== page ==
How to: Install FFmpeg

Getting FFmpeg installed and configured on your system can be tricky if you haven't done it before. Here's how to do just that, with guides below for MacOS, Ubuntu / Debian, and Windows systems.

a month ago   •   2 min read

By Tom O'Brien

Install FFmpeg on MacOS

We'll start by opening a terminal (⌘ + T) and installing Homebrew.

/bin/bash -c "$(curl -fsSL https://raw.githubusercontent.com/Homebrew/install/HEAD/install.sh)"

Now we can install FFmpeg

brew install ffmpeg

If you want to install FFmpeg with additional options, such as Chromaprint, use the following:

brew uninstall --force --ignore-dependencies ffmpeg
brew install chromaprint amiaopensource/amiaos/decklinksdk
brew tap homebrew-ffmpeg/ffmpeg
brew install homebrew-ffmpeg/ffmpeg/ffmpeg --with-chromaprint

You can verify the install was successful by checking its version

ffmpeg -version

Install FFmpeg on Ubuntu / Debian

We'll start by opening a terminal (CTRL + SHIFT + T), updating our APT repositories and installing FFmpeg stable

sudo apt update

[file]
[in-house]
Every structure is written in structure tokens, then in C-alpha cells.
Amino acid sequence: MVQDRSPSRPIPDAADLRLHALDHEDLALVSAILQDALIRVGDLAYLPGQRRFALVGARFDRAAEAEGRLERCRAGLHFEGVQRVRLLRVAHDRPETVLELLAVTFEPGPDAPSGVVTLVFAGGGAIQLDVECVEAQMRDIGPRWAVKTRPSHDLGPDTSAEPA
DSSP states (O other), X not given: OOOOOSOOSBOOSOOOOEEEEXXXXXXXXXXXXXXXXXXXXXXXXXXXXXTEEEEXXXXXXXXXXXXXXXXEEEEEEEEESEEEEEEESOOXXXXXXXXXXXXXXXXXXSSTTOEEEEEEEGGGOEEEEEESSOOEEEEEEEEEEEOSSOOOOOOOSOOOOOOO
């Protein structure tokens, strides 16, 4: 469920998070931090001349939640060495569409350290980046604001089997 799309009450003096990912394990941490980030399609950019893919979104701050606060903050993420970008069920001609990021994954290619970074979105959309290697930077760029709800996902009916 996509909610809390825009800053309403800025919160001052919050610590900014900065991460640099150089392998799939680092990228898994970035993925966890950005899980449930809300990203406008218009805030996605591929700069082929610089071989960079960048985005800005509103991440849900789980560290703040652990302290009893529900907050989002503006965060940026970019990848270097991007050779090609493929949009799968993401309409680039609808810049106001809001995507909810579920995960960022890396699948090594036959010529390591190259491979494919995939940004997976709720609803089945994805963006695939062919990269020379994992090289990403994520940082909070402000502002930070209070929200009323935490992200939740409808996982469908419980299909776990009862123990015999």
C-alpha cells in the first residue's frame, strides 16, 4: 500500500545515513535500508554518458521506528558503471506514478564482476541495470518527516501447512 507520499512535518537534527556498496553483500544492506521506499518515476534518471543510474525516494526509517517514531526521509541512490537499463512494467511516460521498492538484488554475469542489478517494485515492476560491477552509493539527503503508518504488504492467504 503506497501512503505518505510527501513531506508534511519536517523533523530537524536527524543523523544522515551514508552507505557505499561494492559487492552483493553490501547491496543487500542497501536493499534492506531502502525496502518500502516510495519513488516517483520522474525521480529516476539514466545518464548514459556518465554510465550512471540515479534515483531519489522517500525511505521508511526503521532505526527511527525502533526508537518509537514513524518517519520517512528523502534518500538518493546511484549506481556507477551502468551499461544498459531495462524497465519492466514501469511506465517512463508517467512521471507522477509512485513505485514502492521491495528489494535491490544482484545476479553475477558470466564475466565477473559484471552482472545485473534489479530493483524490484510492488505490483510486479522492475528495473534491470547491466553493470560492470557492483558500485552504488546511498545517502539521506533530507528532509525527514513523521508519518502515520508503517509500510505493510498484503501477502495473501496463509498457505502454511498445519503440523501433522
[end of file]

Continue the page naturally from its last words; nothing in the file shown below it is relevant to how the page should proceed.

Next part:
sudo apt install ffmpeg

You can verify the install was successful by checking its version

ffmpeg -version
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If you'd like to build FFmpeg from source, this guide from the the people behind FFmpeg will set you right. If not, stick with the stable version.

Install FFmpeg on Windows

We'll start by downloading FFmpeg. Go to the download page and click on the Windows logo in the middle:

FFmpeg download page

On the gyan.dev builds page, click on ffmpeg-git-full.7z and download it.

gyan.dev builds page

Once it has been downloaded, unzip the file with 7zip

Rename the extracted folder to ffmpeg

Move the ffmpeg folder to the root of your C:\ drive

Run cmd as an administrator

Set the environment path variable for FFmpeg by running the following command:

setx /m PATH "C:\ffmpeg\bin;%PATH%"

Now, reboot your system and verify that the install was successful by checking its version

ffmpeg -version

Using FFmpeg via Docker

If you're familiar with Docker and would like to use FFmpeg for cloud-based deployments, you should try this excellent image, which I've personally used in a production environment for Downsampl, and works like a charm. Github source repository for the image is here.


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